Sex differentiation: Sexing is done on day old chicks; based on feather and vent sexing by identifying male organ, and sound differentiation on maturity. Male makes grunting and female makes drumming sound.

Watering and Feeding: Sufficient drinkable water should be provided to meet the physiological requirement. Emu should not be deprived of water for more than 24 h in any case. Multiple water points should be provided in the area. Feed accounts for 60-70% of the production cost. Therefore, balanced feed for proper growth and reproduction should be prepared using locally available feed resources.

Starter phase: Starter mash is fed during first 14 weeks or till standard body weight of 10 kg is achieved. Brooding space is cleaned and disinfected. Chicks are very active and have long legs. Floor should be covered with gunny bags to prevent slipping which may otherwise cause hip dislocation. For first 24 to 72h chicks are kept in hatcher for drying and egg yolk absorption. Sufficient run space is to be provided to chicks for healthy life. The nutrient requirements for starter feed are crude protein 20, calcium 1.5, total phosphorus 0.80, methionine 0.45, lysine 1.0, tryptophan 0.17, threonine 0.50, common salt 0.4%; vitamin A 15000, vitamin D3 4500, vitamin E 100 IU/kg; vitamin B12 45ppb.; choline 2200, copper 30, zinc 110, manganese 150 and iodine 1.1 ppm. The starter feed containing maize 50, soybean meal 30, DORB 10, sunflower 6, dicalcium phosphate 1.65, calcite powder 1.5, common salt 0.3, trace minerals 0.1, vitamins 0.1, coccidiostat 0.05, methionine 0.25 and choline chloride 0.05% is to be provided. The crude fibre content should not be more than 9%.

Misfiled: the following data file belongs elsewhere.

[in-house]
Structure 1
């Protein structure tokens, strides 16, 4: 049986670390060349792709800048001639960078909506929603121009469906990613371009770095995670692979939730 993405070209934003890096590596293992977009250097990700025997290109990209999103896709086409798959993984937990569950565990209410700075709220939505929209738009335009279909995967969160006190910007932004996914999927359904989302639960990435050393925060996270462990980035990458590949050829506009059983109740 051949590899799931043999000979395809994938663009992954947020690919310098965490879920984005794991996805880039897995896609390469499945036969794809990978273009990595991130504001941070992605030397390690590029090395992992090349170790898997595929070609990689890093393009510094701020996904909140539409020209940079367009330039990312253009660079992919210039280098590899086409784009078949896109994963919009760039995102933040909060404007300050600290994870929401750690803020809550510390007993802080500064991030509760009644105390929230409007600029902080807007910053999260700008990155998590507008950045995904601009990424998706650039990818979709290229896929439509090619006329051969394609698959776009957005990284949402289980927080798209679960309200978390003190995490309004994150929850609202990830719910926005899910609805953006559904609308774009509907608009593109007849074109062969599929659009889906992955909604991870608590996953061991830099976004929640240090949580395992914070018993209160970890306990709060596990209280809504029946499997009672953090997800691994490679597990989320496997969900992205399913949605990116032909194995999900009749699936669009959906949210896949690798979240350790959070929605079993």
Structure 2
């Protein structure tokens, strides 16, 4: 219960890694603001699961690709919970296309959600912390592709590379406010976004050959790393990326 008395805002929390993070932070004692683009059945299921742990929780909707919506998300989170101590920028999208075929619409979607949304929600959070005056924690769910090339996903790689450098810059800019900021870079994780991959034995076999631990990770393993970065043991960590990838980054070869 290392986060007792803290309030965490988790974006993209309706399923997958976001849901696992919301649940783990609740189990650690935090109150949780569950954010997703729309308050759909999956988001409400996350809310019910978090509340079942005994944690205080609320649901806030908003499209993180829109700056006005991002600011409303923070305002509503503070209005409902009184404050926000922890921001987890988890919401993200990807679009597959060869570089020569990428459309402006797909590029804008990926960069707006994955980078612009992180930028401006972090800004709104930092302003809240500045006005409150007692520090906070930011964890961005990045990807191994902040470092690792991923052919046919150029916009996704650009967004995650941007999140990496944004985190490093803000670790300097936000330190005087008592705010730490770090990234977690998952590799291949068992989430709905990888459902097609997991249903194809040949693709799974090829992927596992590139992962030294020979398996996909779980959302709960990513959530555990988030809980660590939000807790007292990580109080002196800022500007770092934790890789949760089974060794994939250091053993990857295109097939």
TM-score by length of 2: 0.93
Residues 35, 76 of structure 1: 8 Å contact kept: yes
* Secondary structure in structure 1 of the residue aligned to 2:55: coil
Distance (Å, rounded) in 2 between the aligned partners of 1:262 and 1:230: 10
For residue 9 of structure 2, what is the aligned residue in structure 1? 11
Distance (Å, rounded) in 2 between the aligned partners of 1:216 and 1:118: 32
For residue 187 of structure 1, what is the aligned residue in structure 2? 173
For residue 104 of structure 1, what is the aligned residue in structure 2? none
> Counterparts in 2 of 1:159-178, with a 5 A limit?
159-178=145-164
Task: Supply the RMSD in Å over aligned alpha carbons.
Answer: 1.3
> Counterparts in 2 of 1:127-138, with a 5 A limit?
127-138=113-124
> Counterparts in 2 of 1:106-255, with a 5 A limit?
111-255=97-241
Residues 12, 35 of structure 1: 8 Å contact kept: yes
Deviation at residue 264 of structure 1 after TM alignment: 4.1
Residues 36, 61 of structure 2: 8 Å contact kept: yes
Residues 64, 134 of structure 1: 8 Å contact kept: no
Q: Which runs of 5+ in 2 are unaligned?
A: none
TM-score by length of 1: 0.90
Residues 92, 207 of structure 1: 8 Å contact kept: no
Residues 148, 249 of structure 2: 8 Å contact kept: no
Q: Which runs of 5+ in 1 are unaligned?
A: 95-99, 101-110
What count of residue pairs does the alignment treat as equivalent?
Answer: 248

Grower phase: Grower feed is given from 15 to 34 weeks of age or 10-25 kg body weight. The nutrient requirements are: crude protein 18, calcium 1.5, total phosphorus 0.7, common salt 0.3, lysine 0.8, methionine 0.4, tryptophan 0.15, threonine 0.48%; vitamin A 8800, vitamin D3 3300, vitamin E 44 IU/kg; vitamin B12 22 ppb; choline 2200, copper 33, zinc 110, manganese 154 and iodine 1.1 ppm. Grower feed containing maize 45, soybean meal 25, DORB 16, sunflower 10, dicalcium phosphate 1.65, calcite powder 1.60, common salt 0.3, trace minerals 0.1, vitamins 0.1, coccidiostat 0.05, methionine 0.15 and choline chloride 0.05% is to be provided. Crude fibre should not be more than 10%. Emu also eats fruits, flowers, insects, seeds and green vegetation. Emu loves to eat caterpillars.

Finisher phase: Finisher feed is given from 35 weeks of age to slaughter or upto 12-18 months age. Feed containing maize 60, soybean meal 20, DORB 16, dicalcium phosphate 1.65, calcite powder 1.5, common salt 0.3, trace minerals 0.1, vitamins 0.1, coccidiostat 0.05, methionine 0.02 and choline chloride 0.05% is to be provided. Feeding is done twice daily.